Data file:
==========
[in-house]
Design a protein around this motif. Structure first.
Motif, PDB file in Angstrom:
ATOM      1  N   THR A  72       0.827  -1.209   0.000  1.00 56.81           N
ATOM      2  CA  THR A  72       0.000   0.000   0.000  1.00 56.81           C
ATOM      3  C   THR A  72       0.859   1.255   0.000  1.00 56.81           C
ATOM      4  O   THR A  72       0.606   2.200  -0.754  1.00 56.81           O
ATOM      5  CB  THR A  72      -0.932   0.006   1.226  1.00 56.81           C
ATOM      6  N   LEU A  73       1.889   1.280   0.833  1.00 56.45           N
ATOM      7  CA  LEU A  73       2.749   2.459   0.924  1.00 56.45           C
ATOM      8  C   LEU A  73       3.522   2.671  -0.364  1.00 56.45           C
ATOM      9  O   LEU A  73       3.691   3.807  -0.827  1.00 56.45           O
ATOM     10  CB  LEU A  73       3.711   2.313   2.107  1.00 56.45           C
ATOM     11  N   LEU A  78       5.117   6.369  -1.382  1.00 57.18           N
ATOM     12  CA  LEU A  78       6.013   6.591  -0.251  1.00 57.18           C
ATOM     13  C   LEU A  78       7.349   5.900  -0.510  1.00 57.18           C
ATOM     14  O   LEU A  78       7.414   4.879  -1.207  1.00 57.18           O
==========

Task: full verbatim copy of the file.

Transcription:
[in-house]
Design a protein around this motif. Structure first.
Motif, PDB file in Angstrom:
ATOM      1  N   THR A  72       0.827  -1.209   0.000  1.00 56.81           N
ATOM      2  CA  THR A  72       0.000   0.000   0.000  1.00 56.81           C
ATOM      3  C   THR A  72       0.859   1.255   0.000  1.00 56.81           C
ATOM      4  O   THR A  72       0.606   2.200  -0.754  1.00 56.81           O
ATOM      5  CB  THR A  72      -0.932   0.006   1.226  1.00 56.81           C
ATOM      6  N   LEU A  73       1.889   1.280   0.833  1.00 56.45           N
ATOM      7  CA  LEU A  73       2.749   2.459   0.924  1.00 56.45           C
ATOM      8  C   LEU A  73       3.522   2.671  -0.364  1.00 56.45           C
ATOM      9  O   LEU A  73       3.691   3.807  -0.827  1.00 56.45           O
ATOM     10  CB  LEU A  73       3.711   2.313   2.107  1.00 56.45           C
ATOM     11  N   LEU A  78       5.117   6.369  -1.382  1.00 57.18           N
ATOM     12  CA  LEU A  78       6.013   6.591  -0.251  1.00 57.18           C
ATOM     13  C   LEU A  78       7.349   5.900  -0.510  1.00 57.18           C
ATOM     14  O   LEU A  78       7.414   4.879  -1.207  1.00 57.18           O